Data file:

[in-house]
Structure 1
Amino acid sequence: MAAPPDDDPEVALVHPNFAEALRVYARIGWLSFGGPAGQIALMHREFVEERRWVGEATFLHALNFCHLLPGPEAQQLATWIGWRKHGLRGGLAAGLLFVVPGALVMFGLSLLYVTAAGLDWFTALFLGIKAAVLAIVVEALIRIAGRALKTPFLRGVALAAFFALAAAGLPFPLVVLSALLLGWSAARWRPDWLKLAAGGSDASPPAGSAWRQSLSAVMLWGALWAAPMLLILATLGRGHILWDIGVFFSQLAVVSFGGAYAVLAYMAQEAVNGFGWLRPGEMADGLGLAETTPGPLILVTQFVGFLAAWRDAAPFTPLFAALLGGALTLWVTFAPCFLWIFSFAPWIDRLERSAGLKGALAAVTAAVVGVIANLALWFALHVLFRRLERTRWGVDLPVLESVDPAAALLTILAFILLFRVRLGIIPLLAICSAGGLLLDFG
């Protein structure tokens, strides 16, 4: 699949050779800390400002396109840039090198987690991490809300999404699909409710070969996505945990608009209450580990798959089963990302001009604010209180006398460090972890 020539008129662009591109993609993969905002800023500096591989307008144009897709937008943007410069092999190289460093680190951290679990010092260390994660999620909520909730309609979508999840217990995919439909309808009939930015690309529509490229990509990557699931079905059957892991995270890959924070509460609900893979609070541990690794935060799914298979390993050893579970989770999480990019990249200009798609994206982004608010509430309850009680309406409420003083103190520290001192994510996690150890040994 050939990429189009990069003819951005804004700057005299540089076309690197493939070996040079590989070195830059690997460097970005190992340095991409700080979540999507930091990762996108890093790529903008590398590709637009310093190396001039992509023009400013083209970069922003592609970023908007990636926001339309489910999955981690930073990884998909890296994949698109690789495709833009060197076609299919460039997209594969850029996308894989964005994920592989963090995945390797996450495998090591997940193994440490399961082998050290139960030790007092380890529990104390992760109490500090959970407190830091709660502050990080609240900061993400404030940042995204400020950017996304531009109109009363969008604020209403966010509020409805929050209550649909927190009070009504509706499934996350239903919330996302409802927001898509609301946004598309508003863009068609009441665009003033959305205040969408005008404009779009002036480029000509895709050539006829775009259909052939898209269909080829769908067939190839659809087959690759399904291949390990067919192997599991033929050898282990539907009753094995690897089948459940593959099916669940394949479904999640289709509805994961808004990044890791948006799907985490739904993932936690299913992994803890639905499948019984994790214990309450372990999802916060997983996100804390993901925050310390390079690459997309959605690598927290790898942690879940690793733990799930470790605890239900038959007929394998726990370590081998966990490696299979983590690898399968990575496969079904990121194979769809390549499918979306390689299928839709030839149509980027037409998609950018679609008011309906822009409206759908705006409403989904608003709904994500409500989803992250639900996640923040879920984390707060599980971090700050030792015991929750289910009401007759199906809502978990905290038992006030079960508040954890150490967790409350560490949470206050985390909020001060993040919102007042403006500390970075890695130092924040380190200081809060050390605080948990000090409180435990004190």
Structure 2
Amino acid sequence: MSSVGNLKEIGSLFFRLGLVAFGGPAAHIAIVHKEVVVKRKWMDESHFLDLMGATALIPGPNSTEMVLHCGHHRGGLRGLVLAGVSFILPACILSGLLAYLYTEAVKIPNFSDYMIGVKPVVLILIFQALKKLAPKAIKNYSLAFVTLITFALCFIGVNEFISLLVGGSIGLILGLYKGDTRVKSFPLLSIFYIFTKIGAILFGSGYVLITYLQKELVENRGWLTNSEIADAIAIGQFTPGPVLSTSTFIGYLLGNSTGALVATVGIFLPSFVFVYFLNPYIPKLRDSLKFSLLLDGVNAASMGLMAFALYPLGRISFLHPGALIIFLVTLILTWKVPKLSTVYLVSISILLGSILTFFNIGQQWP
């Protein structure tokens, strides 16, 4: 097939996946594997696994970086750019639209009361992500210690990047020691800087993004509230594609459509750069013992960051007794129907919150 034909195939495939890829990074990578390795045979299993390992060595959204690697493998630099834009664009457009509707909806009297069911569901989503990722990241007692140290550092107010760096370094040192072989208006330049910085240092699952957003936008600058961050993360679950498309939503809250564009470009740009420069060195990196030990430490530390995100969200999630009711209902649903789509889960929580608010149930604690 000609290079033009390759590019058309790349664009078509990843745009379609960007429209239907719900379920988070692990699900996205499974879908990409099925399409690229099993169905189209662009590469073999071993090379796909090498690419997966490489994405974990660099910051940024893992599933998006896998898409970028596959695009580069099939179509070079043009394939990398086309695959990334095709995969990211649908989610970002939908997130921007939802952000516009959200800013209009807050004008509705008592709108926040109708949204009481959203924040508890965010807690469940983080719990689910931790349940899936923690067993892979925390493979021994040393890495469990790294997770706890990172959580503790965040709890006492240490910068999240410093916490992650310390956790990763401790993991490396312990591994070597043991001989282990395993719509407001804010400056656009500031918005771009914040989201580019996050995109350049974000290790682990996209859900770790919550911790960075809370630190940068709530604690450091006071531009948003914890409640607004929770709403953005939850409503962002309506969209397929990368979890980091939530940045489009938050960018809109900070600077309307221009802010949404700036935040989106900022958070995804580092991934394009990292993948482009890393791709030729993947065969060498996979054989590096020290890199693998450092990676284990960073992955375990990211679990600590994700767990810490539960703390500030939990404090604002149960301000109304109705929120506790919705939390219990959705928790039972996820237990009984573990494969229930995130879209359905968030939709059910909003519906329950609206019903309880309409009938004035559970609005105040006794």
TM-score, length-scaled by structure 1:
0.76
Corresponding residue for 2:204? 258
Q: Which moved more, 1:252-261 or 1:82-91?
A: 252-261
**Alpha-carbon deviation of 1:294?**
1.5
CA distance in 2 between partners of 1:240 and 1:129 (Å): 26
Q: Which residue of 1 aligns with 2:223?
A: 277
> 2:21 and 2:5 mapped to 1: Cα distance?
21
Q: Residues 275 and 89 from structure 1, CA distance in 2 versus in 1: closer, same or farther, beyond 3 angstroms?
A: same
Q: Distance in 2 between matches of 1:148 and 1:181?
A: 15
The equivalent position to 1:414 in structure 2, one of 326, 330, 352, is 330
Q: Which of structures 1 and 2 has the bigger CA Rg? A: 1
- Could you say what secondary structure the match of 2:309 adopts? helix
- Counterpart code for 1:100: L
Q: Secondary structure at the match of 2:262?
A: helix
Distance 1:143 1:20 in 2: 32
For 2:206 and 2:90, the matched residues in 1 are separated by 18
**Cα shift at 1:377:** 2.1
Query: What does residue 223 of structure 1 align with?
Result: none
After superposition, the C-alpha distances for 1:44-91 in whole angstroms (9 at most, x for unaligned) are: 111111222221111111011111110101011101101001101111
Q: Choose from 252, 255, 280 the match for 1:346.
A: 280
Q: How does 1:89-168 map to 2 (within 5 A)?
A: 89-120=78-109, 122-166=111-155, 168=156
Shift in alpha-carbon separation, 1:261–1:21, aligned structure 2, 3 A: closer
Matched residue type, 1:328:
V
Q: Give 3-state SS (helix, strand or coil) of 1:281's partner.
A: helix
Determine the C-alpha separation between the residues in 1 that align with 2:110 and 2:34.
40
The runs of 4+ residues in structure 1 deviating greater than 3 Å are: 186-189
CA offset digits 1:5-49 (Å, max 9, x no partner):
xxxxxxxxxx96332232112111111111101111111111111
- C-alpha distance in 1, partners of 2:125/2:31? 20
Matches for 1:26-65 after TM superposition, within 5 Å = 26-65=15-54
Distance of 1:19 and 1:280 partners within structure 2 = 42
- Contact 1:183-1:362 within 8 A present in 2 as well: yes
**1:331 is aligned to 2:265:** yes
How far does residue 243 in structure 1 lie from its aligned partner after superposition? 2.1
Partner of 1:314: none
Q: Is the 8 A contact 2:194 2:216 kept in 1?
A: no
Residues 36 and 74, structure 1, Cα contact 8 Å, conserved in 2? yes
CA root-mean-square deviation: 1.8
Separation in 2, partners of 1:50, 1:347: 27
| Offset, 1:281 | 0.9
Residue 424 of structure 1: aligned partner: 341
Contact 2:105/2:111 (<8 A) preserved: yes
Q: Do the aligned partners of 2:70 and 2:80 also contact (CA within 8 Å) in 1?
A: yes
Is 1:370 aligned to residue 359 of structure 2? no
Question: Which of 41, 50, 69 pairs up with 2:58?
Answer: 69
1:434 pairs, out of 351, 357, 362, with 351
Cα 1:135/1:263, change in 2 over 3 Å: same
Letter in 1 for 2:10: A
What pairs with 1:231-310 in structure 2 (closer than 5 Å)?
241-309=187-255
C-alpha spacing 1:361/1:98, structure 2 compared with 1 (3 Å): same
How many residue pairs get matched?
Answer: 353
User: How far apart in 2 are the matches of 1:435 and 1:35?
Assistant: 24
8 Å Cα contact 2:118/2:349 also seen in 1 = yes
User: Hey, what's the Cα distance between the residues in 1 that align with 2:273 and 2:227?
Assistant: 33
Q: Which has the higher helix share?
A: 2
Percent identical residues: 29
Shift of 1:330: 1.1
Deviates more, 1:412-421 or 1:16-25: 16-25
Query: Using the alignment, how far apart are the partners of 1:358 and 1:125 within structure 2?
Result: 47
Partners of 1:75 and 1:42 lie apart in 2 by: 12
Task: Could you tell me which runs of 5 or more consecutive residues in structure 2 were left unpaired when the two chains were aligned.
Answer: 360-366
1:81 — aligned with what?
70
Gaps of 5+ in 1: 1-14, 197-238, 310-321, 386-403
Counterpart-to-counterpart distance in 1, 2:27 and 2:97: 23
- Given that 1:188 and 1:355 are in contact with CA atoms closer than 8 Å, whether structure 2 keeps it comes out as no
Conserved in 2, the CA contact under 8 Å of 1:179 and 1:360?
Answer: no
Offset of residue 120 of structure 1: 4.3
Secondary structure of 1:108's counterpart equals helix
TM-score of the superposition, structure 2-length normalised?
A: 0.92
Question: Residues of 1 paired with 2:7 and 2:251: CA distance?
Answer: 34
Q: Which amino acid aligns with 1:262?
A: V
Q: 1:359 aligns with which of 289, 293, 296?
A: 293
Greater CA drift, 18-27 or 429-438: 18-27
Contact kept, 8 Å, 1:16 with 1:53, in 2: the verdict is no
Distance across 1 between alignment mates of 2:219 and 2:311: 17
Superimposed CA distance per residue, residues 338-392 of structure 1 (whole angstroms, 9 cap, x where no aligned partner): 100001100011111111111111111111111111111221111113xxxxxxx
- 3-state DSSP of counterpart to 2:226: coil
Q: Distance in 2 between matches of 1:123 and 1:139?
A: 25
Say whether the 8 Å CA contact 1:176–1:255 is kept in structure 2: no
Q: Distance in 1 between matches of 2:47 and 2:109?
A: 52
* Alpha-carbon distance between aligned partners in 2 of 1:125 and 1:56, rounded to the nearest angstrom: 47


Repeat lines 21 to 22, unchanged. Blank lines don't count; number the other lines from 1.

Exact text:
A: same
Q: Distance in 2 between matches of 1:148 and 1:181?